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(LEAD) Chinese people's entry to South Korea being effectively controlled: Cheong Wa Dae

Politics 19:24 February 27, 2020

(ATTN: UPDATES with more comments, details in 6th, 15th para)
By Lee Chi-dong

SEOUL, Feb. 27 (Yonhap) -- South Korea's presidential office said Thursday it does not believe a full entry ban on Chinese nationals is necessary in response to the novel coronavirus outbreak, citing multiple reasons.

It expressed regrets over continued criticism that the Moon Jae-in administration is currying favor with China and disregarding the safety of South Koreans amid the fast spread of the COVID-19 virus.

South Korea has maintained limited travel restrictions against people who have stayed in China's Hubei province, the capital of which is Wuhan, the epicenter of the virus.

Critics of the Moon government, including lawmakers from the main opposition United Future Party, have called for an across-the-board travel ban.

The current measure is a result of review on "the best response with the safety of our people considered utmost," Cheong Wa Dae spokesperson Kang Min-seok said in a statement.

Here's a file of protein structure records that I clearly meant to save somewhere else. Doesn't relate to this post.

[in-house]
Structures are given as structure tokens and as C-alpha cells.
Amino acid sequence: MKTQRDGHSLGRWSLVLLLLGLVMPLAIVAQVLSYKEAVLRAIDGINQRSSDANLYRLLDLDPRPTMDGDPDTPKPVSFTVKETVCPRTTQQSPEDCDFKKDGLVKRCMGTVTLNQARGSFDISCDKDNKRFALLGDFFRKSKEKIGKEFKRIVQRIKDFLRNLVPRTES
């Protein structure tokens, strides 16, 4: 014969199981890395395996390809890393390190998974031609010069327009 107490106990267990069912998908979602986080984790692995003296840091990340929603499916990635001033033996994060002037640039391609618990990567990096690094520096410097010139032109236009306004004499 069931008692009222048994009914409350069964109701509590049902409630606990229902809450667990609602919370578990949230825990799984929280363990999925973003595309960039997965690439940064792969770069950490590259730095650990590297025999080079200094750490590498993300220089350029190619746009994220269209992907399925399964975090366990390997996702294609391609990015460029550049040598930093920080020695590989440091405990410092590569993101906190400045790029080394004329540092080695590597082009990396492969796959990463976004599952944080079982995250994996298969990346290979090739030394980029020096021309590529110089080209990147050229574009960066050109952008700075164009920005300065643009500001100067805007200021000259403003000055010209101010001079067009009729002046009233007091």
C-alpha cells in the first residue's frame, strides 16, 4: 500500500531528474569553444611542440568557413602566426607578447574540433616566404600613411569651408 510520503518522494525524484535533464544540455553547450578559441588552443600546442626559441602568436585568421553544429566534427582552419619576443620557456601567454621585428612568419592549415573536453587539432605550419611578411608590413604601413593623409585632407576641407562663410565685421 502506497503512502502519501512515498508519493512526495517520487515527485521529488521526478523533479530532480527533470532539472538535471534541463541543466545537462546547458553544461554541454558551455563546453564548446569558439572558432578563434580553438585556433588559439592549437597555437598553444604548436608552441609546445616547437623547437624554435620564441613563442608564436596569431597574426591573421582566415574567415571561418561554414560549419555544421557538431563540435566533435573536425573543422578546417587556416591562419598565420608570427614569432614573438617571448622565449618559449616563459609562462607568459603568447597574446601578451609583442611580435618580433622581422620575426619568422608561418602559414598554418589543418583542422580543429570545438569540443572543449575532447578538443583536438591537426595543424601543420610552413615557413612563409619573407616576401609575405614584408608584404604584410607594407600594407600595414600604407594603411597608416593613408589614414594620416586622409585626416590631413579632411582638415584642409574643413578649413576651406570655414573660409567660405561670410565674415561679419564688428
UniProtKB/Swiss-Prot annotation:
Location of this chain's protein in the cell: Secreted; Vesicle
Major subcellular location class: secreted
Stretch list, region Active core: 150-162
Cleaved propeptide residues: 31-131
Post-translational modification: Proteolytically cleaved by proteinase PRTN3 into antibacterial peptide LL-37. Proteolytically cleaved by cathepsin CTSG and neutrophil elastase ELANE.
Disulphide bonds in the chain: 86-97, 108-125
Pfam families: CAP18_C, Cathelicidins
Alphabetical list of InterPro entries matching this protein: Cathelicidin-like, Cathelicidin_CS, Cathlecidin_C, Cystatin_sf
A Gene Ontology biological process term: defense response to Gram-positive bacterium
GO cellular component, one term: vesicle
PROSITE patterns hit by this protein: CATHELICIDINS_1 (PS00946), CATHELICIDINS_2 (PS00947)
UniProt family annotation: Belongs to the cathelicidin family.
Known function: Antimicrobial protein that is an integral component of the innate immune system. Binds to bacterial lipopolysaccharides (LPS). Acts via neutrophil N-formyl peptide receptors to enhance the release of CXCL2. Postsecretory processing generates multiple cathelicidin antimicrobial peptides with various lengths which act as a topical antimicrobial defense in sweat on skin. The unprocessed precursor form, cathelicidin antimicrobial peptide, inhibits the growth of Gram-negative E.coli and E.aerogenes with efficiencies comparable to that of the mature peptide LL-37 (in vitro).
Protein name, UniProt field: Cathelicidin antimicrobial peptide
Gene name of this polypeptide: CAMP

He added the government has considered the effectiveness of quarantine measures and the interest of the people in a "cool-headed" manner.

Cheong Wa Dae spokesperson Kang Min-seok speaks at a press briefing in this file photo. (Yonhap)

He stressed that the "special immigration procedures" on Chinese nationals by the authorities are being implemented "effectively."

There are Chinese-only entry lines at airports and seaports in addition to disinfection and temperature checks, he added, pointing to a key step in place to process arrivals.

All foreigners are required to write down details of their address and contact number in South Korea.

"Second, as a result of such measures, Chinese visitors are being managed stably," Kang said.

As of Thursday, only 11 Chinese people here were confirmed to have contracted the virus among a total of 1,766 cases.

And just four of them are presumed to have arrived in South Korea after being infected in China. Their entries were before the introduction of the special immigration process on Feb. 4, according to Kang.

"Thirdly, the number of Chinese people entering (South Korea) itself is not large," he said, putting the number at 1,824 on Tuesday.

On the other hand, 3,697 South Koreans entered China on Wednesday alone amid reports that the number of COVID-19 cases in China has been dropping recently. He cited data compiled by South Korea's immigration office.

According to China, the daily number of new patients in the country reached 1,749 on Feb. 18, before plunging to 406 on Tuesday, the official said.

Besides, the South Korean government's relevant measure is in line with the World Health Organization's guidelines, Kang stressed.

A common view in the international community is that infectious diseases can be overcome not by containment but by cross-border cooperation, he pointed out.


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